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Microchip Adds Three New Chips to Its TD Fleet of Touchscreen Controllers

Human-machine interface for automotive applications has been through a number of repetitions over the past several years. Whereas many vehicles have voice-controlled interfaces, capacitive contact screens are still wildly in style for infotainment techniques.

Capacitive touch sensing is principal for touch interfaces. To fit the duty of managing these interfaces, Microchip’s maXTouch® touchscreen controller ICs for 20-inch display screens have been available since the last December.

Last week, Microchip introduced another three versions, the MXT1067TD, MXT1189TD, and MXT1665TD, that are particularly optimized for nine- to 13-inch automotive touchscreens.

The brand new touchscreen controllers permit engineers to develop programs with thick glass or plastic cover lenses that can be monitored even by operators carrying gloves. The devices will prevent water drops of as much as 22 mm from being understood as “touches.”

Developers of automotive touchscreen programs challenges face challenges in controlling EMI and ESD in the more and more electronically drenched environment of a contemporary automobile. To fulfill this demand, members of Microchip’s TD family feature a waveform shaping functionality to optimize the efficiency of the touch controller’s radiated emissions via an EMI optimization device.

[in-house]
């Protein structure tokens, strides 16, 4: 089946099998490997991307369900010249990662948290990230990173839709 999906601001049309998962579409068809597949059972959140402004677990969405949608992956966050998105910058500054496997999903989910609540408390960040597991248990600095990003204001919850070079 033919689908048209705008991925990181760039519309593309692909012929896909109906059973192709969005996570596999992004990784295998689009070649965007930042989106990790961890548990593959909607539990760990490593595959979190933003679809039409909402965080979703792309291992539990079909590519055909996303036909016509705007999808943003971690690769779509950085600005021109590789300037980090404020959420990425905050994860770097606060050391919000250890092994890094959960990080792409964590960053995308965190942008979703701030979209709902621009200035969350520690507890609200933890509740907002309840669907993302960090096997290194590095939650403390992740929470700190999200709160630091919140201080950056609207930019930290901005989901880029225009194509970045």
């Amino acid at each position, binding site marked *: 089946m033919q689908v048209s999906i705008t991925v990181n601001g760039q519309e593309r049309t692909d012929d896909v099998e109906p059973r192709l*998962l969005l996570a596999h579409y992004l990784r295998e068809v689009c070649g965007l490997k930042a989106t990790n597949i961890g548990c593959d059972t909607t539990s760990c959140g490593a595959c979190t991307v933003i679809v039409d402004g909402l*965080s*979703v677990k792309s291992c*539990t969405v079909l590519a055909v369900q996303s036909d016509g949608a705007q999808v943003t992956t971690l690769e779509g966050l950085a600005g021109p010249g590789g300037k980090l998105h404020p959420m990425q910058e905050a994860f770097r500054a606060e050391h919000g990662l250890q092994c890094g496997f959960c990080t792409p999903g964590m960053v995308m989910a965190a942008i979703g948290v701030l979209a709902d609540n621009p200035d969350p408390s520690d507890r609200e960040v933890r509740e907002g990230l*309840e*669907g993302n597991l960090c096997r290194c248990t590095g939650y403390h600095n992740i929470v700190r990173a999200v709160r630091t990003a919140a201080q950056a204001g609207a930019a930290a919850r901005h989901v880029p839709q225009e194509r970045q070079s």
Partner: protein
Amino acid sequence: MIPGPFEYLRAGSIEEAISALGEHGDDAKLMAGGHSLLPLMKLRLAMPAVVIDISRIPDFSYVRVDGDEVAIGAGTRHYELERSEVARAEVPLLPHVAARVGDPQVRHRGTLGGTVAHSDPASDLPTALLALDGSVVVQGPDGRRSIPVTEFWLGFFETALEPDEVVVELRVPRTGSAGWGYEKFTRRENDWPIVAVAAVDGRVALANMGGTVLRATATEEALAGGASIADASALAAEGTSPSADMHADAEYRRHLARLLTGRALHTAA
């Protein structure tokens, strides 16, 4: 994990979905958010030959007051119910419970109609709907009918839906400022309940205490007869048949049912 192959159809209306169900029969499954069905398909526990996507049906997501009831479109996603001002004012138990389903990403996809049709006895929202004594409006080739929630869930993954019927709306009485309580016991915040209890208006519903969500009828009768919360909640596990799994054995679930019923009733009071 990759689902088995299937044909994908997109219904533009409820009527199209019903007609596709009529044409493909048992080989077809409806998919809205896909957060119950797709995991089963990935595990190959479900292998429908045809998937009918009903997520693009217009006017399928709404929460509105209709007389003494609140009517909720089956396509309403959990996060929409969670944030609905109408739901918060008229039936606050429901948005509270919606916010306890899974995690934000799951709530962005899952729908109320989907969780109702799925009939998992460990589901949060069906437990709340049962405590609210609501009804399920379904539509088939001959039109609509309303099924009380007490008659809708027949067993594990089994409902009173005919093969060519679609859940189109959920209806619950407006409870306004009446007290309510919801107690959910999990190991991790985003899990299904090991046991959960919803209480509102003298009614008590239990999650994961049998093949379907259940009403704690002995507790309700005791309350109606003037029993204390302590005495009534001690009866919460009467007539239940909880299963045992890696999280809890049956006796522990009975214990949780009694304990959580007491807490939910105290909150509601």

Through this software, OEMs can enter the RF limits they require for their distinctive application disseminated burst waveform used for the touch sensing acquisition and tune the form of the transmitted burst waveform employed for the touch sensing acquisition.

Fanie Duvenhage, Vice President of Microchip’s Human Machine Interface business model, describes the corporate’s approach as prioritizing fast, powerful, simple design, “permitting developers to make use of the same design setting and product features” for various conditions, along with lens materials, screen sizes, and car models.


Jeanne Lussier

Jeanne is a contributing author and editor for the sensors and controls column. Being an electrical engineer her knowledge in this area is vast, and that benefits her a lot. And her writing is without any doubt very interesting and full of information. She writes about the progression of the sensor and controls sectors which is evolving to a mass industry currently.

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